Saturday, January 24, 2009

Reading at On Kawara Installation

Yesterday, January 23 2009 from 4:05pm to 5:35pm EST, I read 436 numbers in English language, at the On Kawara exhibition, David Zwirner Gallery, 533 West 19th Street, New York, USA. Each number represented a year in the future. I read the even numbers representing each subsequent future year, from the year 47752 AD to the year 48624 AD. Sitting next to me was Robert Ayers, a performing artist, who was reading odd numbers. We were in a sound proof booth, a white box inside the white box of the gallery. Reading numbers ---that is using my voice to say a word without any emotional content--- was a meditative experience. I was focusing on the here and now, almost like recitating a mantra, trying to concentrate only on the reading of numbers, disregarding any external perceptual stimulus, such as the gallery visitors looking at us from the ouside of the booth and hearing us through speakers. The physical perceptual isolation of the booth was matched by the emotional isolation of the performed actions.

Tuesday, January 13, 2009

Stephen Sprouse: Rumors of his death have been greatly exaggerated

In New York City this week, Stephen Sprouse is the guy. He's everywhere. With two fabulous gallery openings, a glorious coffee table book, and a grand collaboration of Marc Jacobs and Louis Vuitton leaning heavily on Sprouse's genius to propel their 2009 line to stratospheric levels, it's impossible to walk a block without seeing his name, hearing his praises, or catching the Sprouse vibe. Don't waste your time observing that he died five years ago. Everyone, at least everyone who matters, knows that Sprouse never died and never will. Sprouse exploded on the New York scene with an electricity that captured world attention and his creative contribution in so many realms remains emphatically unmatched.

The Deitch Project (18 Wooster Street) opening was called "Rock on Mars," a retrospective that zapped the audience into consciousness of the merger of rock and fashion a la Sprouse, all with a driving rock beat to pound the theme home. There was a mix of Sprouse's art and fashion, with the operative term being color--wildly delicious color. Mannequins came to life in explosions of colors and patterns, combinations of which might have seemed counter intuitive, but tapped by Sprouse's magic wand, they work--everything works! Sketch after fluorescent sketch showed the boldness that was Sprouse's hallmark. There were the trunks and travel cases that Louis Vuitton will re-release this year, that make as sensational an "I've arrived" statement as they did when they first debuted. Then there was the famed Mies van der Rohe chair in white, with Sprouse's signature graffiti all over it in big bold black strokes. Now there's a conversation piece that brings its own conversation. A video looped through scenes of Sprouse interacting with a creative world that loved him, and that he loved back, no holds barred, no reservations. His joy at being who he was and doing what he did jumped right from the video into the crowd. Sprouse was reminding us that we've got one life, and damn it, we oughtta live it on our own terms.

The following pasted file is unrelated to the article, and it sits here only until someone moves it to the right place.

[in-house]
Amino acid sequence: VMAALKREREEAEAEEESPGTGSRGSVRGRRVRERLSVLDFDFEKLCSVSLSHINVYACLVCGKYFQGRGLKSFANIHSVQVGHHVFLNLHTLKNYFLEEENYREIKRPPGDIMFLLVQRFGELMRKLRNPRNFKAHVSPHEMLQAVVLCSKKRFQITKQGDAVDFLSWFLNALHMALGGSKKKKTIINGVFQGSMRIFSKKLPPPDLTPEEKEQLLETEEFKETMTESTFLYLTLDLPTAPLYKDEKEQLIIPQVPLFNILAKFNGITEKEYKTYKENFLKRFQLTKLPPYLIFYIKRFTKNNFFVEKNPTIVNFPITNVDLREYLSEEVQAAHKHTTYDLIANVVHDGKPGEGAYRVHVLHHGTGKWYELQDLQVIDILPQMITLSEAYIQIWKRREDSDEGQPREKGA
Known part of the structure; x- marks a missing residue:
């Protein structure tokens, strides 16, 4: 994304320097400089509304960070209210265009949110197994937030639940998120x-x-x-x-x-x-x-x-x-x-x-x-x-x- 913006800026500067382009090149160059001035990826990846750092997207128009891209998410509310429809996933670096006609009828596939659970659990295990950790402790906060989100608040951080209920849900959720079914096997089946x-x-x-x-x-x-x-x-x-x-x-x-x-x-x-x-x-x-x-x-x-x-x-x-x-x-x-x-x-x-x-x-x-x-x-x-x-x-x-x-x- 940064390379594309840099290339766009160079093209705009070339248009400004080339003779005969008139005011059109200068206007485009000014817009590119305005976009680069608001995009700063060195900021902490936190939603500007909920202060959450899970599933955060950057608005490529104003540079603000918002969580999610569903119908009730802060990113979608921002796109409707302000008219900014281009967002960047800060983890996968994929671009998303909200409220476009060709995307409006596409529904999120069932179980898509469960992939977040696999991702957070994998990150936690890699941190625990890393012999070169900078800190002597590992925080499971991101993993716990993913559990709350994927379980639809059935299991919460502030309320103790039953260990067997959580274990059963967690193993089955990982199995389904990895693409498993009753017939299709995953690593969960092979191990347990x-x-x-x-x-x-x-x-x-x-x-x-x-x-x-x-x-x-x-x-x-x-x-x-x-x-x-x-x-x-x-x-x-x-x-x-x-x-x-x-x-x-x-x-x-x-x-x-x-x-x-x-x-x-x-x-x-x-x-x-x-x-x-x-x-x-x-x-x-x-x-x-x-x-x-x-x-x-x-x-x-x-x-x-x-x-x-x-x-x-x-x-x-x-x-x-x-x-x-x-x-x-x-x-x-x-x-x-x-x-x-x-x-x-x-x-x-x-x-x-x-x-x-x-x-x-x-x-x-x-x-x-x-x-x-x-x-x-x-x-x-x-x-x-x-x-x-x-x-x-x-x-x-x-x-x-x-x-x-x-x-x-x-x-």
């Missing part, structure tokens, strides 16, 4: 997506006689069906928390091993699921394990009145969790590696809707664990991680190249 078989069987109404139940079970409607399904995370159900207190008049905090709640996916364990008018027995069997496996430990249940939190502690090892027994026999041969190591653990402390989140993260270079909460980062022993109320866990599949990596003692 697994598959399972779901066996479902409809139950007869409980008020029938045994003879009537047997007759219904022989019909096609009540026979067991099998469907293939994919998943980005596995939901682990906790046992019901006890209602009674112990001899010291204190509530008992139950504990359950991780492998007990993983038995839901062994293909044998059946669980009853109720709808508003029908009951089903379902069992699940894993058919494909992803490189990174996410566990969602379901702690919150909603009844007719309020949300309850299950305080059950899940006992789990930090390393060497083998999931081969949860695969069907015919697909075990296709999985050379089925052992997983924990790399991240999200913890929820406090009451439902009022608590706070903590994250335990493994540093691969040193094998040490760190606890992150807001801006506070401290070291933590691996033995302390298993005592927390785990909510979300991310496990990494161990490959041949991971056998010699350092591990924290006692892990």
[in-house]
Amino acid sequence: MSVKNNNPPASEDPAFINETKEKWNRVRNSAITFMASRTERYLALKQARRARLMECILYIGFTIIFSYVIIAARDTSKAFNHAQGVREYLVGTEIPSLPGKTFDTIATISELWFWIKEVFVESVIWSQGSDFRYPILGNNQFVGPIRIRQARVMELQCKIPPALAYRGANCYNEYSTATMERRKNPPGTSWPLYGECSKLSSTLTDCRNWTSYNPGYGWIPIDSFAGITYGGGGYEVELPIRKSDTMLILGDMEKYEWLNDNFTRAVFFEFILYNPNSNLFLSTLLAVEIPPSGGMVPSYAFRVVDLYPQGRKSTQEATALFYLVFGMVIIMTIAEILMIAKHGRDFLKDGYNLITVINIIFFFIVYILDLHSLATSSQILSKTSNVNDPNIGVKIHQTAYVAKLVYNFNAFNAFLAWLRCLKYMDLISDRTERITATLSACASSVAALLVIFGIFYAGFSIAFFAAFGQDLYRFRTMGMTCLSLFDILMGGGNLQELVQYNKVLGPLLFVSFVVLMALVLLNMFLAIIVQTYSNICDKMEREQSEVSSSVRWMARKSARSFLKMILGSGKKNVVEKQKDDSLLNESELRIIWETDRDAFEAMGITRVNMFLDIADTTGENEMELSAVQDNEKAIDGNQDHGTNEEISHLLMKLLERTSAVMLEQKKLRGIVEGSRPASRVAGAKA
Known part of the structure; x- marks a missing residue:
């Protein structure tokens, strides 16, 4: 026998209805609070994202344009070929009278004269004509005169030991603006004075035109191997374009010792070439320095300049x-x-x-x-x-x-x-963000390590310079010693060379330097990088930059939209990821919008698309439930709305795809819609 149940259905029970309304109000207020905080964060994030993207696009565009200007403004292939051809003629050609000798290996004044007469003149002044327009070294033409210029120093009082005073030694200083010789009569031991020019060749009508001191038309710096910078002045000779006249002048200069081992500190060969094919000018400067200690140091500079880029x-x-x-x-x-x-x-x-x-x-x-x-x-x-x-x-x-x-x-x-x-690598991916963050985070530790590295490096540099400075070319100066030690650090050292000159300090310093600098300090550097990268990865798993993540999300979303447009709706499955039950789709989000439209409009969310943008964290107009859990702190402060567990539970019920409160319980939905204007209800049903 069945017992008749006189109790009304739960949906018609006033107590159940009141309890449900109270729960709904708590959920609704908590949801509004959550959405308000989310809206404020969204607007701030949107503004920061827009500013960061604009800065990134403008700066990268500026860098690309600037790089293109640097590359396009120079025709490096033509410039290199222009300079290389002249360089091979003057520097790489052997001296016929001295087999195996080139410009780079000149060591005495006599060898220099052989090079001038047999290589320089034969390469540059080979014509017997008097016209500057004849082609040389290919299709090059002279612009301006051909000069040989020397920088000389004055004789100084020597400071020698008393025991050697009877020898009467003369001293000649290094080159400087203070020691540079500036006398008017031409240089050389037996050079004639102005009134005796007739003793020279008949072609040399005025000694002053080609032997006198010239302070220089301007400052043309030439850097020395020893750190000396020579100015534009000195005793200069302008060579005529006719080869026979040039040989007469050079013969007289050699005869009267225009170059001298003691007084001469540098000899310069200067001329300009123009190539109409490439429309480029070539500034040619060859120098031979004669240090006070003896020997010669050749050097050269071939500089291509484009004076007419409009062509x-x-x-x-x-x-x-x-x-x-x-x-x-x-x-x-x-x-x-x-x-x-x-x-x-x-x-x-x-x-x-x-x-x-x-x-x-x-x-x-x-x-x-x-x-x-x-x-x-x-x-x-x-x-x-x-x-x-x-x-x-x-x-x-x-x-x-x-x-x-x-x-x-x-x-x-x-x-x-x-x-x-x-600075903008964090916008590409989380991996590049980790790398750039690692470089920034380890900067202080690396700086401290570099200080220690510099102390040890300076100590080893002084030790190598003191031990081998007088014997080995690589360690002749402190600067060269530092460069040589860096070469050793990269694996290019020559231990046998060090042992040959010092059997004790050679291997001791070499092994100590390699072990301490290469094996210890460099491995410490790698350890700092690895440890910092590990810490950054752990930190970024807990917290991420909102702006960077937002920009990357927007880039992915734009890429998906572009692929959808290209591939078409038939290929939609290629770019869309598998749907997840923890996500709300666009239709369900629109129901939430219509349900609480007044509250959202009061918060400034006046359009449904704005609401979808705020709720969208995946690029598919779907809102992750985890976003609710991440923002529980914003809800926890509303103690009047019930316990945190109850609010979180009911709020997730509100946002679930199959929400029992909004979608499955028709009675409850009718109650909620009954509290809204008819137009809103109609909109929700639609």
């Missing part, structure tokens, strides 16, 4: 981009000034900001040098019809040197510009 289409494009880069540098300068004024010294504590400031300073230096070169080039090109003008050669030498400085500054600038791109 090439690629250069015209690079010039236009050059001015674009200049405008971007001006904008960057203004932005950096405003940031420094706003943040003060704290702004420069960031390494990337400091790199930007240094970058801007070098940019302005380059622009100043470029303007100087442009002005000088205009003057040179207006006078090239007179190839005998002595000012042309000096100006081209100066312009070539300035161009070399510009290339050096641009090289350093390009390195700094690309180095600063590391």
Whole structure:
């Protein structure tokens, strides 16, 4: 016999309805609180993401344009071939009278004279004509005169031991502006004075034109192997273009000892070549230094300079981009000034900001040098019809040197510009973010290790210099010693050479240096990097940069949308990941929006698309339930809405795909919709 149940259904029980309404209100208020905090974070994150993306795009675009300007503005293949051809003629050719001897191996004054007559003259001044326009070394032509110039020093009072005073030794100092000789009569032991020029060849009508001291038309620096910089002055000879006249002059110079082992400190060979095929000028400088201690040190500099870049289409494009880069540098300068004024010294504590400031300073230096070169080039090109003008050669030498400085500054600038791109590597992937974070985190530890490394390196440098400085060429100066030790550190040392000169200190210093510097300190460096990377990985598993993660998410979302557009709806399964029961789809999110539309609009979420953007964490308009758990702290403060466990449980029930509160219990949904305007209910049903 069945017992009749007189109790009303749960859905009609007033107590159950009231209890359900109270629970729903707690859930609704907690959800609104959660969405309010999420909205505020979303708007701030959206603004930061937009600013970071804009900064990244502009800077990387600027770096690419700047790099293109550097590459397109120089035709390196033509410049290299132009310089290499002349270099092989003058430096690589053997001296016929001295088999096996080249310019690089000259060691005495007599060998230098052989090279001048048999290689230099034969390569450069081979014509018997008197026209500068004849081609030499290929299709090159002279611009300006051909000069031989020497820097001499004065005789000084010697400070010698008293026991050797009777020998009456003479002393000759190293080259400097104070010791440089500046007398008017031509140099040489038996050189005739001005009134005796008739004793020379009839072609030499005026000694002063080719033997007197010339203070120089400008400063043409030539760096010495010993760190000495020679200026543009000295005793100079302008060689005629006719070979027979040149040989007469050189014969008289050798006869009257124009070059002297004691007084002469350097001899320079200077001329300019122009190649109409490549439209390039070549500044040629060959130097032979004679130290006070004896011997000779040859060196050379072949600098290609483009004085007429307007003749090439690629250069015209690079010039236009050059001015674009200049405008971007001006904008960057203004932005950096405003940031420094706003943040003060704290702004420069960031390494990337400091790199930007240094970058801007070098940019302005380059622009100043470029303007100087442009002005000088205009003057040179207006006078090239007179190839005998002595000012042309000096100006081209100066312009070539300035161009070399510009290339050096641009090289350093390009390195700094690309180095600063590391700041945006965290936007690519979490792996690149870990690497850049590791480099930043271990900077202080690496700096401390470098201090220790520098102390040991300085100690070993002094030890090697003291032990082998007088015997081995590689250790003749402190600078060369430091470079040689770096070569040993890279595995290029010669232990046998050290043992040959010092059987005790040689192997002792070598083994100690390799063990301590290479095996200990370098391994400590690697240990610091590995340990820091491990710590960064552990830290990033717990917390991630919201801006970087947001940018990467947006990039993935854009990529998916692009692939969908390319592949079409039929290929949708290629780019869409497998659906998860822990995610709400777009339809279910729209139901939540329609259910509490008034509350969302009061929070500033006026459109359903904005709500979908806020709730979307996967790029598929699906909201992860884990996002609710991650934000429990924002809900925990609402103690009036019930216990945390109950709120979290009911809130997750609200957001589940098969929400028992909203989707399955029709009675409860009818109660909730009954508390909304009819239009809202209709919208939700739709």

The second opening on Saturday, January 10, was the John McWhinnie Gallery at Glenn Horowitz Bookseller (50 1/2 East 64th) called "Stephen Sprouse:Drawings 1970s-1980s". It was another home run, presenting a decidely more intimate side of Sprouse. One hundred fashion drawings showed the evolution that became a revolution, from his more careful lines just stepping into the world of fashion as Halston's assistant, to him "fashioning" his own path to enlightenment. His hand scrawled notes were revealing and poignant, here giving directions, there explaining design philosophy, and then, getting real and personal about life in New York and how to navigate it. On one to-do list, an entry commands: "Figure out how to afford living in New York City." There was a lot of Sprouse memorabilia too, all giving an intimate look into his psyche. The two openings were amazingly synergistic, both phenomenally important, and both passionately revealing of the genius that infused every cell of Sprouse's being.

And then there's the book. The book about Sprouse's oeuvre by Mauricio and Roger Padilha, published by Rizzoli, came out on January 8, and Louis Vuitton is selling a special edition that is a must-have for anyone who loves to explore fashion from a historical perspective, or who would just like to see some glorious photos documenting the rise and rise of an American fashion icon.

Sprouse is regularly hailed as a genius. But let's face it, there are a lot of geniuses out there and they don't magnetize us like Sprouse continues to. The thing about Sprouse is that he wasn't one of those geniuses for whom every aspect of life is overwrought and overthought...quite the contrary. He was a genius who had fun with life and with whatever he was doing. That fun literally bounds from the fashions or the art and goes directly into the heads of the audience members, making them an inextricable part of the process. His work is dynamic--it moves and it moves us--there is no pull date for anything Sprouse touched. It is as new, as fresh and provocative as it was before the ink had even dried on the drawing board.

Stephen Sprouse is very much alive and well, and 2009 is the year when the world have the pleasure of getting to know him all over again.

Stephen Sprouse at John McWhinnie @ Glenn Horowitz Bookseller